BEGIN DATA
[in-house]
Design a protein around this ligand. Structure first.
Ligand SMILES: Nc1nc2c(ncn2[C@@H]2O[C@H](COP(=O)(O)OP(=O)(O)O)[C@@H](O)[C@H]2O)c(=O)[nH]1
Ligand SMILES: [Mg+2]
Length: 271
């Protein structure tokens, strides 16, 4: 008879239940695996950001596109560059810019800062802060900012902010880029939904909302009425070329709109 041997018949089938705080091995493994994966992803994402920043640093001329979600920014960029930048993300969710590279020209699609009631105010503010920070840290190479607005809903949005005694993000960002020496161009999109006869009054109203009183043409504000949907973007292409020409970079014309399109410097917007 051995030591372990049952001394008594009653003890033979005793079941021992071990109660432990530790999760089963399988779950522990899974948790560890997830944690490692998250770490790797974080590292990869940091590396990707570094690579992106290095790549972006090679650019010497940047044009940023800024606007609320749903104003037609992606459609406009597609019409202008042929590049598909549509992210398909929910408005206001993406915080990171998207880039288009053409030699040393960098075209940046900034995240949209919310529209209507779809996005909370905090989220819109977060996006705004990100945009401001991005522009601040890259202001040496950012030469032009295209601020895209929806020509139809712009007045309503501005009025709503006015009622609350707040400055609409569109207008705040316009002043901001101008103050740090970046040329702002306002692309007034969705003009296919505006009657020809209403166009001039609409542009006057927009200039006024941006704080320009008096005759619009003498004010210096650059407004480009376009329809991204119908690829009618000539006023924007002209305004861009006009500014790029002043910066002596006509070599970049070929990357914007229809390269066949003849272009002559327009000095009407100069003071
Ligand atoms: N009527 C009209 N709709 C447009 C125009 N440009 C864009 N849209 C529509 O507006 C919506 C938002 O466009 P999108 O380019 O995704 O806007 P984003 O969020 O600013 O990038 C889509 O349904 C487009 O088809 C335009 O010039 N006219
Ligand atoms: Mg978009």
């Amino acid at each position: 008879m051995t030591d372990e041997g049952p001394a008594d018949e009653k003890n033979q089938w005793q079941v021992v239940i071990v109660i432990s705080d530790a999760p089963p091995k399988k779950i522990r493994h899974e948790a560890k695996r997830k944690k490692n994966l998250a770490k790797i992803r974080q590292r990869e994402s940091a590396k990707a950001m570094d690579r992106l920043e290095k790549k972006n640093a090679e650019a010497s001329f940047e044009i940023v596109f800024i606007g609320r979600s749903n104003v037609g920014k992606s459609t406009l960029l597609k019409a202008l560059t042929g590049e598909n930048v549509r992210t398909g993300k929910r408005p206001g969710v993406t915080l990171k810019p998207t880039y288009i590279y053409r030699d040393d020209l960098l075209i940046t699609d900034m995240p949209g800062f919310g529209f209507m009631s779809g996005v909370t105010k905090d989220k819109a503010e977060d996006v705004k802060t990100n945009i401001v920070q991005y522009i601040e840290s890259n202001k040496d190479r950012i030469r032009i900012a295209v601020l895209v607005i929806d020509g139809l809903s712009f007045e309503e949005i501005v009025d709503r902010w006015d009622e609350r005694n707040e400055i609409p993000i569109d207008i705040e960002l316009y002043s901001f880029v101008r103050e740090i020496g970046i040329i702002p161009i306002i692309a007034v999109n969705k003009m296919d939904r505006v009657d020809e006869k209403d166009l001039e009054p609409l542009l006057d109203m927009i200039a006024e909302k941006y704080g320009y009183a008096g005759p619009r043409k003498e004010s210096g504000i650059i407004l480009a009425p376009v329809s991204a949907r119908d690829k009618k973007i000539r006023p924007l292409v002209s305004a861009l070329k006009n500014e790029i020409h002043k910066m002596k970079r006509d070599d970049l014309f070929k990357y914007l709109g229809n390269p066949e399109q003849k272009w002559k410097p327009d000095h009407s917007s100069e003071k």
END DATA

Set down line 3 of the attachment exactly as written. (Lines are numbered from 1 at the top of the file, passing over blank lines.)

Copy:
Ligand SMILES: Nc1nc2c(ncn2[C@@H]2O[C@H](COP(=O)(O)OP(=O)(O)O)[C@@H](O)[C@H]2O)c(=O)[nH]1